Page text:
I am not saying I have the answers here. But I think many agree that there are problems. Many think that J is too fast, even for 9-10 year olds. I think that big AX kids racing against little J kids is ridiculous. These issues need to be addressed. I know the J committee always makes cautious but advancing progress. I think that all the categories need to work together to make noteworthy change for the future.
          Ryan Runne
          9-H
          Wacusee Speedboats
          ryan.runne.4@gmail.com

          "Imagination is more important than knowledge"--Albert Einstein

          These days, I find it easier to look up to my youngers than my elders.

          Comment


          • #13

            Re: J Category

            Some additional details from the UIM rulebook about the GT15 and GT30 classes:
            GT15
            Engine 15hp 4-stroke
            Weight* (Min) 462 lbs
            Length (Min) ~10ft
            Width (Min) ~4.4 ft
            Driver Age 9-15
            Speed 40+ mph

            GT30
            Engine 30hp 4-stroke
            Weight* (Min) 550 lbs
            Length (Min) ~11.5 ft
            Width (Min) ~4.4 ft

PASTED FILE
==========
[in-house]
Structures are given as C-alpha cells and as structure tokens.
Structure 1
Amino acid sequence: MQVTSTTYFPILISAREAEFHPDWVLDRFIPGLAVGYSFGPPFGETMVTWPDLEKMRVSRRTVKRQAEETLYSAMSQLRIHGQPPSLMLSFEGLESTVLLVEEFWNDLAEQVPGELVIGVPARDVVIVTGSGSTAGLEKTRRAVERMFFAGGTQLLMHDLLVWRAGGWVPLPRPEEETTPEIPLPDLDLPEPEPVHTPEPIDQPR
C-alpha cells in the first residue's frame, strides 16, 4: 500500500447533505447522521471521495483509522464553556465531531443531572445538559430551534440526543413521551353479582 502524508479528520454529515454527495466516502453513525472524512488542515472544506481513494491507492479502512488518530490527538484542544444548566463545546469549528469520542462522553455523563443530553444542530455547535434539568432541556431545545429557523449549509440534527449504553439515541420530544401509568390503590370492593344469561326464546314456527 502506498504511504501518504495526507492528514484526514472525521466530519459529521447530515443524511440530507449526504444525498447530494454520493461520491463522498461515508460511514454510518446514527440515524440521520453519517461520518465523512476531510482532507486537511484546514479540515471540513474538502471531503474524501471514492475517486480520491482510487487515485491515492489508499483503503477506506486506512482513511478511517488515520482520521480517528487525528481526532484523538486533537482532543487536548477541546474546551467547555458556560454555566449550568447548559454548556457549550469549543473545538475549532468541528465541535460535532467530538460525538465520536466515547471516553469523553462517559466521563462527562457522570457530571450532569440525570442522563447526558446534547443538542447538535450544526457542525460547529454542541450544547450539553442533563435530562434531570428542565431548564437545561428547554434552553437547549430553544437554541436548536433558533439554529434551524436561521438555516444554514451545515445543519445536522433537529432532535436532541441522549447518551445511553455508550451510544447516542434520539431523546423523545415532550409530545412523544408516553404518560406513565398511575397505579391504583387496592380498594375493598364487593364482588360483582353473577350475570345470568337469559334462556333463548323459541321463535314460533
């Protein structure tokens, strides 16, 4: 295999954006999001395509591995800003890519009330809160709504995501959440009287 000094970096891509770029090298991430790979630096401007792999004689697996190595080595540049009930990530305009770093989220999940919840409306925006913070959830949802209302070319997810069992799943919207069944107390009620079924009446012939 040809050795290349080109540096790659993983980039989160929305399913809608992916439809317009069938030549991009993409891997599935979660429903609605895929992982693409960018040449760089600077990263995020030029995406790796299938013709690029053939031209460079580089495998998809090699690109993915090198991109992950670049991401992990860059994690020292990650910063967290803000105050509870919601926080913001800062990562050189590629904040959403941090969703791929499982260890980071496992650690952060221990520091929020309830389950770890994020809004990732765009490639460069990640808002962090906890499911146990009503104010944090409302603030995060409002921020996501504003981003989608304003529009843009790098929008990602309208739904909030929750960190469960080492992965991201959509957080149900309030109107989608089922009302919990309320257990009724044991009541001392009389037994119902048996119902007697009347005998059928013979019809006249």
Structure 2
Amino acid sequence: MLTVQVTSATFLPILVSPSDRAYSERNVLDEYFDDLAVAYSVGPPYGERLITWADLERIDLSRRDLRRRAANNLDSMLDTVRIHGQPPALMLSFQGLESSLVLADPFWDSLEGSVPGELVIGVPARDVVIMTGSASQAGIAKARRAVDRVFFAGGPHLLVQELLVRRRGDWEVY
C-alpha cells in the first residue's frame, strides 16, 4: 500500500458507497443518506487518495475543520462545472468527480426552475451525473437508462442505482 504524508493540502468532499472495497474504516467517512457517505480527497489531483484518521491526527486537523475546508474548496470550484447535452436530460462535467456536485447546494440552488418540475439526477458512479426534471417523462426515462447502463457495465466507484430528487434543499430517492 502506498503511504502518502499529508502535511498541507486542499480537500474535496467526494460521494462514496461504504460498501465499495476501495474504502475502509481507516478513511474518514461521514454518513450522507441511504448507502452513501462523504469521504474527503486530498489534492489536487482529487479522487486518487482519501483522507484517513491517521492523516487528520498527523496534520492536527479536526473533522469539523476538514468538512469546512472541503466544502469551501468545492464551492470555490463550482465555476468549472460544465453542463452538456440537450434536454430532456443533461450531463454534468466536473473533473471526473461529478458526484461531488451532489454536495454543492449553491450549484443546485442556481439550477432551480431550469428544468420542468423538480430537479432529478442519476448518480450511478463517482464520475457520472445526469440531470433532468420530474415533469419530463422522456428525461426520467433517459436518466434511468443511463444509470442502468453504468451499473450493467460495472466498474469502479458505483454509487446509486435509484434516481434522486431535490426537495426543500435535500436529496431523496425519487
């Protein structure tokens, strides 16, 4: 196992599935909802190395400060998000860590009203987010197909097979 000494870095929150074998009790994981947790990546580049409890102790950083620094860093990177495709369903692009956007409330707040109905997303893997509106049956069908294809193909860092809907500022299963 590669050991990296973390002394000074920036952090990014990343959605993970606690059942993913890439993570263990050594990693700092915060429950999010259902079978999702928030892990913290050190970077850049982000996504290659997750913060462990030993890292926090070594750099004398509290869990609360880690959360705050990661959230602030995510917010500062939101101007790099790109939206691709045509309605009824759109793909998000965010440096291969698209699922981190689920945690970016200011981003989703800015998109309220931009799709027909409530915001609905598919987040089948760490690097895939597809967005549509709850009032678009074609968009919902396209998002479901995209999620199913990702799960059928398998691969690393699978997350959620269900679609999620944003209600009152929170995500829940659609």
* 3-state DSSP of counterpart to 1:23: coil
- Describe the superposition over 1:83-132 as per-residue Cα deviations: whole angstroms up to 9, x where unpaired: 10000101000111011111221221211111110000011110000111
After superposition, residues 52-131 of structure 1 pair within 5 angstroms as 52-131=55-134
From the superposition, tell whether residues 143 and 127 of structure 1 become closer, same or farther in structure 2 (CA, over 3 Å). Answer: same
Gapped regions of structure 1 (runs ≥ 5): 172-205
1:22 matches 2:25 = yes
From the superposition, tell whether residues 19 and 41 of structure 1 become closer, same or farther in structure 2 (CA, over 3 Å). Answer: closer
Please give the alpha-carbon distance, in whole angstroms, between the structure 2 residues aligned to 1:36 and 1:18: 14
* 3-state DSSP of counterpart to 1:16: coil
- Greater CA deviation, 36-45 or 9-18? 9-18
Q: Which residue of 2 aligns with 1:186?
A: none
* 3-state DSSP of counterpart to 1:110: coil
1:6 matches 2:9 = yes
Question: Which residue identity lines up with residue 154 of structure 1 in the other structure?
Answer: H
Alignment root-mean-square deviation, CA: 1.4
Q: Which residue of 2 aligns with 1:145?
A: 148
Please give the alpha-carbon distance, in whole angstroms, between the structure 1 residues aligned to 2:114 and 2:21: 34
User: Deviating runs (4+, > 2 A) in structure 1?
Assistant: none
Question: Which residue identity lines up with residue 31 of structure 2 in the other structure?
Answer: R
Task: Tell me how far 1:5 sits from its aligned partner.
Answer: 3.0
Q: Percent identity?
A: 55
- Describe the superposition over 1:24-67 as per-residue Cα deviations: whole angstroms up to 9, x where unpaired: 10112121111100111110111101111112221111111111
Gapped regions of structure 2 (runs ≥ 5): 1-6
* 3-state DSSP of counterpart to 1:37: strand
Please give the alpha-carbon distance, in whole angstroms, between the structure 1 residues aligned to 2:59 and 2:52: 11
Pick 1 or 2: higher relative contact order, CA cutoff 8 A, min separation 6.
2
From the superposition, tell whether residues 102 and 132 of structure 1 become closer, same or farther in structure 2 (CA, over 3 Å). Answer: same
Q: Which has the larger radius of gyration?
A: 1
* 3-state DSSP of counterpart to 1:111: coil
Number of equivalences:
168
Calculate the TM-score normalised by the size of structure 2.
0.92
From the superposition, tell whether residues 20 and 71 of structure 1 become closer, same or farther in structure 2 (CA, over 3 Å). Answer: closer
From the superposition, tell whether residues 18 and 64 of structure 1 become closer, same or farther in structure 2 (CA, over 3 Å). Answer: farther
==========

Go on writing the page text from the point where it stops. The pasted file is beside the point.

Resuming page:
Driver Age 14+
            Speed 55+ mph


            * The minimum weights mentioned here above are the weight of a complete rig weighed directly after the race including driver, personal safety equipment, residual fuel but without residual water

            Some specific information from the rulebook that may be of interest (note that the UIM rulebook is 360+ pages and covers many classes - this only covers selected highlights)

            To be homologated as stock motor, an outboard motor must be sold and advertised by an industrial firm as being manufactured in standard production series (that is to say with all parts interchangeable and with identical dimensions, weights and materials) for the propulsion of boats. To be eligible for homologation, a minimum of 1000 units must have been built and assembled, certified by the manufacturer to the National Authority of the country of origin.

            When the motor is in the water, the cooling must be effected by a water circulation pump. The cooling water must circulate through the water pump and be fed only through the standard water intake, neither the position nor the shape of which may be modified.

            An efficient gear changing system giving forward, neutral and astern movement is compulsory. The control handle for the reverse gear, ready for use, must be within easy hand reach of the driver, when he is in the normal driving position. Manoeuvring of the boat astern, must be possible by selecting reverse gear.

            The original propeller may be replaced by another

            Original carburetor jets may be replaced for another size.

            Thermostats and pressure valves of the cooling system may be removed.

            -----